It also makes for a critical component in a healthy, responsive nervous system. B6 does so by encouraging and optimizing the production of neurotransmitters in the body, being consumed to produce serotonin, GABA, and norepinephrine.
Bananas also provide a surprising supplement to a chicken’s Vitamin C needs. Vitamin C helps the body handle disease by bolstering the immune system. It also mitigates tissue damage to a certain extent, on top of improving iron absorption in their bodies. Vitamin C also heavily contributes to the production of serotonin, which helps keep your chickens sedate and content.
Vitamin C helps your body produce collagen, which is vital for chickens. Most chickens reared are far larger than their counterparts decades ago. This comes at the cost of greater strain on their legs to support their weight. Collagen allows their bodies to firm up and manage themselves better.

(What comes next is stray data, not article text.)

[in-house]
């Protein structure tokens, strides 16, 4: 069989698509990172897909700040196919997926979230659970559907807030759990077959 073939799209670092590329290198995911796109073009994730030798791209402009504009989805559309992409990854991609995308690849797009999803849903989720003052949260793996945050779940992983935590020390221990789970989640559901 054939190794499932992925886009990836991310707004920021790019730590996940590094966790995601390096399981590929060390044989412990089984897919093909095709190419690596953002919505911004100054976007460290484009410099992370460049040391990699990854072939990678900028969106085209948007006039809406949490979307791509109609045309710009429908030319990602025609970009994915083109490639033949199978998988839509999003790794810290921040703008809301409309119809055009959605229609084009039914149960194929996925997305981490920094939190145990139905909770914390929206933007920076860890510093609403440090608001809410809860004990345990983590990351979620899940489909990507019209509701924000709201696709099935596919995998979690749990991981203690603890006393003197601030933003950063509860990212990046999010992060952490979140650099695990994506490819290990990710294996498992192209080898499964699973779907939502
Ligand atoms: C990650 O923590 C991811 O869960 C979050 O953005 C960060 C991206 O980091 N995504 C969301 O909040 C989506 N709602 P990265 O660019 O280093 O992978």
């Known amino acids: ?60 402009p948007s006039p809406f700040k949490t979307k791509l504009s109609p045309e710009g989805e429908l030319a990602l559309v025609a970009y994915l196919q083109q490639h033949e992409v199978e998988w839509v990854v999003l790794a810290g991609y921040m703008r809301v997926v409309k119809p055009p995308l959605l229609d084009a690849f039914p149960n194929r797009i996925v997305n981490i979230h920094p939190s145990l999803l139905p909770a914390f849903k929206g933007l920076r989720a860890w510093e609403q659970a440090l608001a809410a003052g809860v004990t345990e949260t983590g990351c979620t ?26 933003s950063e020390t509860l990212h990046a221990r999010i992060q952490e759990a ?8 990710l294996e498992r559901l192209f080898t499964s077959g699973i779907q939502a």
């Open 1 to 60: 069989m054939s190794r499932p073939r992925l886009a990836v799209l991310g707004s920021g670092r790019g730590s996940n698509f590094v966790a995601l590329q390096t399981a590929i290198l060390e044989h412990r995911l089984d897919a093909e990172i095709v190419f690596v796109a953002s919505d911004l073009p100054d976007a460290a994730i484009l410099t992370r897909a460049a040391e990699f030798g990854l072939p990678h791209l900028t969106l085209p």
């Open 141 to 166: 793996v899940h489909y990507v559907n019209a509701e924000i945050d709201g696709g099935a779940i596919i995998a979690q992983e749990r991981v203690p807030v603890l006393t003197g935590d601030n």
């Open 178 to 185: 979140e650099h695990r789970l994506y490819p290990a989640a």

Bananas are best known for their potassium content and provide benefits to metabolism, muscle strength, muscle contractions, fluid balance, and nerve functionality. Potassium also helps with collagen development and improves blood flow for your chickens.
A diet rich in potassium also helps offset the worst effects of feeds rich in sodium chloride – better known as salt. Too much salt in their diets could easily lead to defects in their eggshells, and it would be very difficult to pinpoint this concern amidst a whole other range of possibilities.